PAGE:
Document Type

Report

Publication Date

January 1974

Abstract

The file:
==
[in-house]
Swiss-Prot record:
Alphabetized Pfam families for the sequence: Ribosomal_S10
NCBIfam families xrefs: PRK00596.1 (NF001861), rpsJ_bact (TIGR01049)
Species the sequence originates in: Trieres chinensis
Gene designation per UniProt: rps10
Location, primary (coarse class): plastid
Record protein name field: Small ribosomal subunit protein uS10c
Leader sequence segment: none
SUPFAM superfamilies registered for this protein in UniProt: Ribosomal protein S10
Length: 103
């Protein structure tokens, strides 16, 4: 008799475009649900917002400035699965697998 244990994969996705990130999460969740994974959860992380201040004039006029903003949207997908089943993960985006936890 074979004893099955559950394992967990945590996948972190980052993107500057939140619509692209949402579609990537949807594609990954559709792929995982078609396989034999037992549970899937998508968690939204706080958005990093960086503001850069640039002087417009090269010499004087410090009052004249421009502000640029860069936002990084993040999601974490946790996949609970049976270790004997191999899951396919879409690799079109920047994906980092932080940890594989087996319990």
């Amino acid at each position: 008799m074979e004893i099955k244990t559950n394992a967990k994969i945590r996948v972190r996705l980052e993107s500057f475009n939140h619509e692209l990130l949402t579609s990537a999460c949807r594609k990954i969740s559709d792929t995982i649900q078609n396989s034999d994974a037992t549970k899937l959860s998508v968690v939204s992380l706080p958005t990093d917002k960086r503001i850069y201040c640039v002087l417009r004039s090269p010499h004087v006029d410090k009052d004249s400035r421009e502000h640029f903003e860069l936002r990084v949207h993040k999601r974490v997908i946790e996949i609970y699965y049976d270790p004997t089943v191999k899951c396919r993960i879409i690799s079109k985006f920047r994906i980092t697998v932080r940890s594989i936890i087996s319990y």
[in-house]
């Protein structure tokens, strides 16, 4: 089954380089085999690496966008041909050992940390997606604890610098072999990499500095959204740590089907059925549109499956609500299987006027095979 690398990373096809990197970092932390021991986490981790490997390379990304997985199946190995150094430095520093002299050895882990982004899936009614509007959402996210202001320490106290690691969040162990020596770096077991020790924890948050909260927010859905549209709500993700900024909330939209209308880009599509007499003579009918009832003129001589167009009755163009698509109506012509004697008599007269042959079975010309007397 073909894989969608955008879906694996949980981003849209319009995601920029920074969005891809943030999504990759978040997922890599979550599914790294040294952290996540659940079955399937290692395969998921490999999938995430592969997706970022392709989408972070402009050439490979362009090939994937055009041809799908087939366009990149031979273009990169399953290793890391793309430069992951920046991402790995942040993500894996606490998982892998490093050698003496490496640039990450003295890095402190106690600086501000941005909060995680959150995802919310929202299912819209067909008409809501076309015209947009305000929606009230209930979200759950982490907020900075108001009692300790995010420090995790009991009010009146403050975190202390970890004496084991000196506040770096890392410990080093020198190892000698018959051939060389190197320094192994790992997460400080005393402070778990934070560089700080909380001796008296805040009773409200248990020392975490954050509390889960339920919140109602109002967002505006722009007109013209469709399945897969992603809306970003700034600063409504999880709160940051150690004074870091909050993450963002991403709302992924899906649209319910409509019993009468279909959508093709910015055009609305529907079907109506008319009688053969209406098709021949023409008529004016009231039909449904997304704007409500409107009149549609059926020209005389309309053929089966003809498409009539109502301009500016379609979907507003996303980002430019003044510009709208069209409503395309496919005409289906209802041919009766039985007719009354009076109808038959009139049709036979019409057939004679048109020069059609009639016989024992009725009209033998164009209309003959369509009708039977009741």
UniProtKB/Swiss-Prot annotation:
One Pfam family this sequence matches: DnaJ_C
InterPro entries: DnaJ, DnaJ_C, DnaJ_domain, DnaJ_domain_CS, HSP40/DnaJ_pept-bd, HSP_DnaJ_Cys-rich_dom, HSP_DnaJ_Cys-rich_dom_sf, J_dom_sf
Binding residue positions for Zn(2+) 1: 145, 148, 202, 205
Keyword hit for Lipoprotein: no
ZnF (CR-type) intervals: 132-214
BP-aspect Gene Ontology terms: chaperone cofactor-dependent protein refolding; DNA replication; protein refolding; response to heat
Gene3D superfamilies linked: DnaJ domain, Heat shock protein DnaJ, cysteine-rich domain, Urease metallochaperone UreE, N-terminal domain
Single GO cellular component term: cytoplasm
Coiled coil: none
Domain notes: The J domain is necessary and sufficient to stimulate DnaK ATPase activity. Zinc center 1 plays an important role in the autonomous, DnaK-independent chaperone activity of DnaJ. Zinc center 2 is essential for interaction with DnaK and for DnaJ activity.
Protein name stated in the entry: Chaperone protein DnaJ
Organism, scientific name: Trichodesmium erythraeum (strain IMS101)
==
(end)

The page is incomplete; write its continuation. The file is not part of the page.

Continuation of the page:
Introduction and Overview: This is an interim report on Phase II of the three phase study. The objectives covered in this phase were: 1. To gather social and hydrologic data needed to calibrate and test the model. 2. The expand the physical model to include the rural part of the watersheds. 3. To test and improve techniques of the logical linking of the hydrologic and sociologic systems. 4. To begin adapting the model to the computer. During the second phase for the hydrologic component of the model major emphasis was placed on the expansion of the hydrologic area and the collection and analysis of additional physical data. The major emphasis for the sociologic part of the model was on the gathering of social data by the re-designing and testing of an improved research instrument (schedule or questionaire_ and administration of this schedule to a random sample of the general population in the urbanized area. The urbanized area is related to the physical hydrologic area of the study. The data were collected to improve the basic methodology and conceptualizations for linking the hydrologic and sociologic systems together in one model. Division of this report: Section II of this interim report deals with development of the physical component of they hydrologic-sociologic model. It describes the expansion of the hydrologic to include the rural parts of the watershed and tests for validation of they physical submodel. Section III review the ype of work done in Phase II of the sociological work. This consisted of: (1) reviewing the accomplishments and limitations of the first phase; (2) redesigning the questionaire to correct deficiencies in the one used in the first study, to measure additional variables throught to perhaps be relevant to the problem, and where desireable, to adapt them to the general population of the area rather than to specialized populations; (3) pretesting of component parts of the revised schedule; (4) drawing of a random sample from the population; (5) interviewing of the sample; (6) coding and processing of data for analysis; and (7) preliminary analysis of the results of the data. Progress made in the mathematical formulations of social elements is vital. The refinement of meaurement of the population data for use in the model is of central importance since the effectiveness of the testing, verification, and consequent improvement of the model depends on the accuracy of the measurement of the variables involved. Section IV shows some details on the work performed in interrelating the sociologic and hydrologic components of the model, and on one possible mathematical formulation which shows some of the interrelationships between these components. It is hoped that the formulation achieved will be useful to planners, not only in increased understanding of the total system, but also in the analysis of the merits of flood-control proposals relative to the social characteristics of particular areas. Section V discusses the purposes of the work in Phase II and the objectives expected to be met during the coming phase.

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